Controversial Clearview AI facial recognition company pledges to stop selling technology to private companies

Clearview AI, controversial facial recognition company, announces it will stop selling technology to private companies after violent reaction and class action

  • Court documents suggest Clearview will stop selling software to private entities
  • He will continue his contract with governments and law enforcement
  • The move did little to appease public defenders like the ACLU

The controversial facial recognition company Clearview AI has said it will stop supplying its technology to private parties.

According to legal documents first reported by Buzzfeed, the company is ending non-government contracts in response to class actions and scrutiny from regulatory authorities.

Court documents suggest that Clearview intentionally avoids “dealing with non-government clients anywhere”.

Clearview has accumulated a database of over 3 billion photos from sites like Facebook, YouTube, Twitter and even Venmo, which its owner AI analyzes to try to match people in photos uploaded by their customers

Clearview has accumulated a database of over 3 billion photos from sites like Facebook, YouTube, Twitter and even Venmo, which its owner AI analyzes to try to match people in photos uploaded by their customers

“ Clearview cancels the accounts of each client who was not associated with law enforcement or another federal, state, or local service, office or agency, ” the company said in a file.

Buzzfeed reports that the lawsuit from which the documents flow relates to the companies’ use of biometric data that is heard during a hearing in an Illinois federal court.

The documents also show that Clearview will end its contracts with all Illinois entities as part of the lawsuit.

Clearview’s decision to terminate contracts with private companies, however, did little to appease public defenders like the American Civil Liberties Union.

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“These promises fail to address concerns about Clearview’s reckless and dangerous business model,” Nathan Freed Wessler, a lawyer with the American Civil Liberties Union, said in a statement.

“There is no guarantee that these measures will actually protect the residents of Illinois. And, even if there were, making promises about a state does nothing to end Clearview’s misuse of the facial prints of people across the country. “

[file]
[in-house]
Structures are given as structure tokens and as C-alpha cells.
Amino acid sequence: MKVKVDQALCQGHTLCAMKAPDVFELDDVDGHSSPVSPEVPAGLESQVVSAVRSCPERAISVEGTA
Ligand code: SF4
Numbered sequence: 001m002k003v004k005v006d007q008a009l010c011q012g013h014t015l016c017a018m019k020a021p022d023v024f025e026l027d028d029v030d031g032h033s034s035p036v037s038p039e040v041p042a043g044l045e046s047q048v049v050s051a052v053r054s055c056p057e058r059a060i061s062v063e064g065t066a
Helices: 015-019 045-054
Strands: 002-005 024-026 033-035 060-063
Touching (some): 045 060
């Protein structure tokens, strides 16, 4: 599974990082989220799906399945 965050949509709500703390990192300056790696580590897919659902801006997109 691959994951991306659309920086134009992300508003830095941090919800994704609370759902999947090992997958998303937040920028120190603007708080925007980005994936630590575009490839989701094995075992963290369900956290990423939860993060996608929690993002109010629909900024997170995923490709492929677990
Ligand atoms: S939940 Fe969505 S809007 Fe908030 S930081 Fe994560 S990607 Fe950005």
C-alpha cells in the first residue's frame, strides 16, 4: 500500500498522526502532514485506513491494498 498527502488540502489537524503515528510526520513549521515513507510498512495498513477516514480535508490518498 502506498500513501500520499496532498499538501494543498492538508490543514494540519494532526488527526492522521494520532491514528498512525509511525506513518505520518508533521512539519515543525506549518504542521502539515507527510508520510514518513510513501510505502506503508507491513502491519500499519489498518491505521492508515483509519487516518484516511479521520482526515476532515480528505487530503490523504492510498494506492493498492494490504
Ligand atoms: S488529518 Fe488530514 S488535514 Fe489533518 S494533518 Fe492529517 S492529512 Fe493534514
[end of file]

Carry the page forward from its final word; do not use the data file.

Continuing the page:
Clearview AI software allows customers to identify people by uploading photos to company servers, where they are compared to a database of over 3 billion photos from Facebook, YouTube, Twitter and even Venmo.

Clearview AI is under scrutiny for its photo capture practices on social media as well as for its partnerships with law enforcement

Clearview AI is under scrutiny for its photo capture practices on social media as well as for its partnerships with law enforcement

Clearview AI is under scrutiny for its photo capture practices on social media as well as for its partnerships with law enforcement

The service has reportedly been used by at least 600 different law enforcement agencies in the past year, including the Chicago Police Department, the Department of Homeland Security and the FBI.

While Clearview has signaled that it will end private contracts, a recent Buzzfeed report shows that the company continues to develop other commercial equipment.

According to the documents obtained by Buzzfeed News, Clearview AI is exploring the possibility of manufacturing surveillance cameras that use computer vision software to identify subjects by crossing a database.

Clearview’s cameras are said to be tested by two companies and are being developed under a division of Clearview called Insight Camera.

The company has yet to establish a public link with Insight, but a Buzzfeed survey has successfully connected the two by evaluating the code on the two companies’ websites. In each, similar code contained references to Clearview servers.

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